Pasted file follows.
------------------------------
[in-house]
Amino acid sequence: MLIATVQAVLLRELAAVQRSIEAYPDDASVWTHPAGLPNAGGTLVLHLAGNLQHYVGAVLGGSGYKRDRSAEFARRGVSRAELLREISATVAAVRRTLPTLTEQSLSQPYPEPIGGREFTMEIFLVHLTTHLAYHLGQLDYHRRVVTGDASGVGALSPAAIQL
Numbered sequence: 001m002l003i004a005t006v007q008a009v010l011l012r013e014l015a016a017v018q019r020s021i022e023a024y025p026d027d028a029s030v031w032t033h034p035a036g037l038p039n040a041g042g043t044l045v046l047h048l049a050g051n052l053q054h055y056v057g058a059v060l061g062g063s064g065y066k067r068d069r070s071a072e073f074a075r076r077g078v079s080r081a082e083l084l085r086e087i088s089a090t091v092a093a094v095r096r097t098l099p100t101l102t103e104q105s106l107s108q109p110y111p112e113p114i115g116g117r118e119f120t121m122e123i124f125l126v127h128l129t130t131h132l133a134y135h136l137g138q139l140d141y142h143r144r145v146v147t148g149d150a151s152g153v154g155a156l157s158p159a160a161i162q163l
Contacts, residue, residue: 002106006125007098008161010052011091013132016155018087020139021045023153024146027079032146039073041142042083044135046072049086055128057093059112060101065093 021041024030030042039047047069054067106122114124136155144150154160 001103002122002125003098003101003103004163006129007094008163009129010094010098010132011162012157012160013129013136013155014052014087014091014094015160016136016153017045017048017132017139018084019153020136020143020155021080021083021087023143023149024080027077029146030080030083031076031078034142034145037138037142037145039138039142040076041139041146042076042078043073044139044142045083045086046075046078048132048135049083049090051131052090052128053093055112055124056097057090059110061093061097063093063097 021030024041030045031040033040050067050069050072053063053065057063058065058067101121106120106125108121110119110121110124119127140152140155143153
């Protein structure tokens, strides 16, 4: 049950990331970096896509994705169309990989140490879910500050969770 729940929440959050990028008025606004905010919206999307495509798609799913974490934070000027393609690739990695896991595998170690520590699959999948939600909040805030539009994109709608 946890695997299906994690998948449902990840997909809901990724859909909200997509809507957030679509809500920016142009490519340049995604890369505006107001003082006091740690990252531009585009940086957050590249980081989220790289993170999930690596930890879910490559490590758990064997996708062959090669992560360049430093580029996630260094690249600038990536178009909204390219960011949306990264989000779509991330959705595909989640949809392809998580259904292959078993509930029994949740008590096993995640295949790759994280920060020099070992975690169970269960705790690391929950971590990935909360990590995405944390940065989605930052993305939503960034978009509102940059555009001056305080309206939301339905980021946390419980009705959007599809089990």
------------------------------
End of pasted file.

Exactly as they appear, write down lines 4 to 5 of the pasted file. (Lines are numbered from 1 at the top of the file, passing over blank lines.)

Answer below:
Contacts, residue, residue: 002106006125007098008161010052011091013132016155018087020139021045023153024146027079032146039073041142042083044135046072049086055128057093059112060101065093 021041024030030042039047047069054067106122114124136155144150154160 001103002122002125003098003101003103004163006129007094008163009129010094010098010132011162012157012160013129013136013155014052014087014091014094015160016136016153017045017048017132017139018084019153020136020143020155021080021083021087023143023149024080027077029146030080030083031076031078034142034145037138037142037145039138039142040076041139041146042076042078043073044139044142045083045086046075046078048132048135049083049090051131052090052128053093055112055124056097057090059110061093061097063093063097 021030024041030045031040033040050067050069050072053063053065057063058065058067101121106120106125108121110119110121110124119127140152140155143153
């Protein structure tokens, strides 16, 4: 049950990331970096896509994705169309990989140490879910500050969770 729940929440959050990028008025606004905010919206999307495509798609799913974490934070000027393609690739990695896991595998170690520590699959999948939600909040805030539009994109709608 946890695997299906994690998948449902990840997909809901990724859909909200997509809507957030679509809500920016142009490519340049995604890369505006107001003082006091740690990252531009585009940086957050590249980081989220790289993170999930690596930890879910490559490590758990064997996708062959090669992560360049430093580029996630260094690249600038990536178009909204390219960011949306990264989000779509991330959705595909989640949809392809998580259904292959078993509930029994949740008590096993995640295949790759994280920060020099070992975690169970269960705790690391929950971590990935909360990590995405944390940065989605930052993305939503960034978009509102940059555009001056305080309206939301339905980021946390419980009705959007599809089990």